Recession temporarily slows suburban migration

June 23, 2010

Suburban towns such as Fishers, Carmel, Noblesville and Greenwood have led Indiana’s population growth for the last decade. But according to analysis from the Indiana Business Research Center, the recession has shifted migration trends toward Indiana’s largest cities.

Indianapolis saw greater-than-average population changes last year. The city added 6,854 residents—three times its average annual growth from 2000 to 2008. On the other hand, Fishers' population grew by just 2,399 residents, well below its average annual 3,701 gain. Noblesville and Greenwood's growth also slowed.

“These shifting trends reflect the slowdown in migration seen in Indiana and much of the nation due to the recession,” wrote Matt Kinghorn, an economic analyst with the center—part of Indiana University's Kelley School of Business. “Factors such as the housing market slump and employment insecurity result in fewer people moving from central cities to suburban areas. The tough employment climate means that fewer people are relocating for new jobs. As a result, many of Indiana’s larger cities have held on to more of their residents over this period.”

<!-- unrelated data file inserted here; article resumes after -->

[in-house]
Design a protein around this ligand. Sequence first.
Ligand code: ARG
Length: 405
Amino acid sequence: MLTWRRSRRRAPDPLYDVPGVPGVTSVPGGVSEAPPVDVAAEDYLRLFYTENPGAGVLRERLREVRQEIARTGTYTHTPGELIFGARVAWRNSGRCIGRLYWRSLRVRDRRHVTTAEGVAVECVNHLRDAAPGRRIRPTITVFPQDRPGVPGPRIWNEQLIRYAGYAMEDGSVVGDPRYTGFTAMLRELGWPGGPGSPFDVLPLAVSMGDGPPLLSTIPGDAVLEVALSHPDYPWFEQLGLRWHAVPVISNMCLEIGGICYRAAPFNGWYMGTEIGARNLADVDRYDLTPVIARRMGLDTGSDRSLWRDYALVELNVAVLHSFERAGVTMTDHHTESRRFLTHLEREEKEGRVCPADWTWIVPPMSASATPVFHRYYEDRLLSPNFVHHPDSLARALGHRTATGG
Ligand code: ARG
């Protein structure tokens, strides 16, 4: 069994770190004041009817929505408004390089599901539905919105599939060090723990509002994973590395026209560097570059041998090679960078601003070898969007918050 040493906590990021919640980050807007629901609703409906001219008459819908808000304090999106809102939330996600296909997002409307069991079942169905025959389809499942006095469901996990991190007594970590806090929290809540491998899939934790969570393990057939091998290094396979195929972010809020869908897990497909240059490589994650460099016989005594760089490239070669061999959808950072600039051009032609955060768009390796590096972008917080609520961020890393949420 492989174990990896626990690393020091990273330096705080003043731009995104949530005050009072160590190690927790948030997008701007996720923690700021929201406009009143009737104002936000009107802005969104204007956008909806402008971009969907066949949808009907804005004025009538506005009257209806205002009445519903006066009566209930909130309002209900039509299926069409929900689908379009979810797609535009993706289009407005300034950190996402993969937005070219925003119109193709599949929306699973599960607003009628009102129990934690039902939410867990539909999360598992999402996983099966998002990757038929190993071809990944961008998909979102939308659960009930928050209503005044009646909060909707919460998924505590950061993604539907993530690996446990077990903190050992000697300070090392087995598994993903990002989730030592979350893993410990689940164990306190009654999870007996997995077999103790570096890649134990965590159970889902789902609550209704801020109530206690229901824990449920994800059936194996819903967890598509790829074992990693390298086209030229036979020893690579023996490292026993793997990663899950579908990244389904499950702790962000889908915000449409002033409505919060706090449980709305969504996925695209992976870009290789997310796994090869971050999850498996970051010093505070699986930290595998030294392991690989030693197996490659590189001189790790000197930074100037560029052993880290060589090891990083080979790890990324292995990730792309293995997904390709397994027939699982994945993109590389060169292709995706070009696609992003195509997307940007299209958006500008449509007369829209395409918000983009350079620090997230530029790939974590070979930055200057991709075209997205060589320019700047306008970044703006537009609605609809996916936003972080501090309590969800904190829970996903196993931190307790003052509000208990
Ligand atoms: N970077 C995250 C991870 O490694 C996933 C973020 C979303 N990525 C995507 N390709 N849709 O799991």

Population growth is, broadly, an equation that starts with births, then factors in deaths and migration, Kinghorn said in a telephone interview. Indianapolis is the nation’s 14th-largest city, ranking just behind Jacksonville, Fla. and ahead of Austin, Texas. Indianapolis has had a 3.3-percent population growth since 2000, thanks mostly to births, but has been a net migration loser. The recession’s twin drags on employment and housing have slowed the trend.

Using data from the U.S. Census Bureau, the IBRC found that Fishers nearly doubled its population from 2000 to 2009, with a gain of 32,884 residents, or 86.2 percent. Over the same time period, Noblesville’s population increased 44.8 percent, Greenwood’s grew 32.5 percent and Carmel’s went up 30.5 percent. During the decade, all nine Hoosier cities or towns with the largest population gains were located in Indianapolis' suburbs: in Hamilton, Hendricks and Johnson counties. But suburban growth has slowed as the recession has taken hold.

In the next few years, as the recession abates and the housing and construction industries stabilize, Kinghorn said he expects to see suburban growth trends to normalize.

Anderson was among the state's largest cities with population losses, recording a drop of 4.2 percent since 2000.


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